P.S. Next Christmas I’m going to ask for a one-day pass to sit in on a Pixar Brain Trust meeting.

Related Posts:
Screenwriting the Pixar Way (Part 2)
Toy Story 3’s Ohio Connection
Screenwriting Quote #135 (Michael Arndt)
Writing “Finding Nemo”
The Dark Side of Pixar & Disney
Beatles, King, Cody & 10,000 Hours (Diablo Cody proves they can be woman-years as well.)

Scott W. Smith

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“Over and over again we have tried to find a peaceful way out of the differences between ourselves and those who are now our enemies.”
King George VI (Colin Firth)
The King’s Speech, Oscar winner; Best Film, Best Actor, Best Director, Best Screenwriter

That above quote is the kind of the history of the world in just 25 words.

Suggestion: For the 2012 Oscars, Anne Hathaway and Steve Martin. Or Billy Crystal and Anne Hathaway. Seasoned entertainer and an attractive, youthful, spunky newcomer. Old and young. Think about it. (One 30-something friend posted on Facebook this morning, “no more ‘yang and hip’, can we have old and funny.”)

Personally I felt like I got a little closer to the Oscars last night.  I once produced a TV show with a group in Chicago and the editor of one Communicator Award-winning programs we worked on once dated now Oscar-winner Trent Reznor in his pre-Nine Inch Nails days in high school in Pennsylvania. (That’s like two degrees of separation. Every step counts. I can practically see it on the shelf next to the Addy Awards I won last week.)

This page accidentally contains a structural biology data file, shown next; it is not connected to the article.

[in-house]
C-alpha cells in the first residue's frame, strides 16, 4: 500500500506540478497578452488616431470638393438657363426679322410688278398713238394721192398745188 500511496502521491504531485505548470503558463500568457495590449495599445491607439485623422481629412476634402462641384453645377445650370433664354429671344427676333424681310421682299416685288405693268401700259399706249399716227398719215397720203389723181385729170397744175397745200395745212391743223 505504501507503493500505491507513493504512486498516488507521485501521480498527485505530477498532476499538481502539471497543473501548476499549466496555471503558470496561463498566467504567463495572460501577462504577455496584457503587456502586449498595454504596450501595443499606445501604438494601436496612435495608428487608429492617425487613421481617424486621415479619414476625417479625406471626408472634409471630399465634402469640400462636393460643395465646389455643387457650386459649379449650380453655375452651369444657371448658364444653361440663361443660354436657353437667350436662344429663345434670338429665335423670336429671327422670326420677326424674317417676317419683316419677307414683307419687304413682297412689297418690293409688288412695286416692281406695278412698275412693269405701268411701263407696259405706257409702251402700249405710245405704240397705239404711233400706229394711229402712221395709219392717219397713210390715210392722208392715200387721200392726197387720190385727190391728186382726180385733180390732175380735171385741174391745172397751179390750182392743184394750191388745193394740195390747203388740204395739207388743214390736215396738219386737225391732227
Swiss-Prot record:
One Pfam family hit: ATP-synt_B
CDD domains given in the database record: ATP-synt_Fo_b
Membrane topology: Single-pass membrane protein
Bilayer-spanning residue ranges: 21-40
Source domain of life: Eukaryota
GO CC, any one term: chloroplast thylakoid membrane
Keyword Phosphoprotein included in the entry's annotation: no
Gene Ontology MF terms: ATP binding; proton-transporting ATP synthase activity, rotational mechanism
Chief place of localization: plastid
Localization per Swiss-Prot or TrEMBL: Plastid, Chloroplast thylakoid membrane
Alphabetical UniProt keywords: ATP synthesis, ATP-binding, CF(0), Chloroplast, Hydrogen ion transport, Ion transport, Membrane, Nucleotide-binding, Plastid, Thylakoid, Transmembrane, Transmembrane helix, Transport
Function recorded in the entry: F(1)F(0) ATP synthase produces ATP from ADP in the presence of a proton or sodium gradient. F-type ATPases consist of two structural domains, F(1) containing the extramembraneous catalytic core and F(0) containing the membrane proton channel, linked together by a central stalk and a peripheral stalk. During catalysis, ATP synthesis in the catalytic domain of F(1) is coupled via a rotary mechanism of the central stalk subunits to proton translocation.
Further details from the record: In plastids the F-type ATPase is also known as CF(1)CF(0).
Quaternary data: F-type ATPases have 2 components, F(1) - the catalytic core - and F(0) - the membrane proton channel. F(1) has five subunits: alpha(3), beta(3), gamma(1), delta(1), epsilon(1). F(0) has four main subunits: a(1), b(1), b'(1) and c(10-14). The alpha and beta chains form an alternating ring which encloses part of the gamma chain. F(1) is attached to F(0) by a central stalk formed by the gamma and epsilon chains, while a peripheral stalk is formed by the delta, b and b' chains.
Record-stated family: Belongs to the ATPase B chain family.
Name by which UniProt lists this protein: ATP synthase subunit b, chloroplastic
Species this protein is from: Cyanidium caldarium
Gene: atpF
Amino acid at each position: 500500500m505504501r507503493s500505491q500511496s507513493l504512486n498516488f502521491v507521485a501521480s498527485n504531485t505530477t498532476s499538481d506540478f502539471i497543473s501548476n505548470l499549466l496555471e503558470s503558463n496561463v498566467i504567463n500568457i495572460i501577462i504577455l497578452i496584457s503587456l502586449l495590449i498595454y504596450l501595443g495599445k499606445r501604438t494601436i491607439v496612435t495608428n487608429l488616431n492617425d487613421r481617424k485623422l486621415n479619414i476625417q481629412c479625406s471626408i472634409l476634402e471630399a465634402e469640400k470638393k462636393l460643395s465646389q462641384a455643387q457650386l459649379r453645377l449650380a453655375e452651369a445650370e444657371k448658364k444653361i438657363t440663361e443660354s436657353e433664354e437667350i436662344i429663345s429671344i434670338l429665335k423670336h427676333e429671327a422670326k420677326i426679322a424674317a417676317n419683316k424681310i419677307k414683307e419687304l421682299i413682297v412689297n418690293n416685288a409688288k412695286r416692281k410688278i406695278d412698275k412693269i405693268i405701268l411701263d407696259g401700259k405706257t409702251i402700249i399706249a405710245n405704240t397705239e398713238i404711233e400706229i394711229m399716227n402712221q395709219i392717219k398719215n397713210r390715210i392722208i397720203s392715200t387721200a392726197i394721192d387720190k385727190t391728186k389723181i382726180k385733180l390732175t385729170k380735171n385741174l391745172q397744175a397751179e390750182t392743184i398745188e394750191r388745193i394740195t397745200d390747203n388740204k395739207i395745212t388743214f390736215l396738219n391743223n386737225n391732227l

I enjoyed the Oscars last night and watched the entire program for the first time in more than a decade. And while it’s common for people to focus on what they didn’t like about the Oscars, I thought the montage using the closing speech from The King’s Speech was just one of several incredibly well done segments.  The year 2010 goes down in my book as a fine year for movies.

In fact, watching the Oscars last night I came up with a top ten list of life lessons I learned from the movies last year and the Oscars this year.

1)   Don’t fear change.

2)   You can overcome staggering challenges in your life.

3)   Good friends are good to have.

4)   Don’t screw over your good friends.

5)   If you do screw over your friends, you’ll be friendless.

6)   It can take decades to win an Oscar.

7)   You can win an Oscar on your second film.

8)   Artistic perfection can kill you.

9)   Meth is bad and screws up families and communities.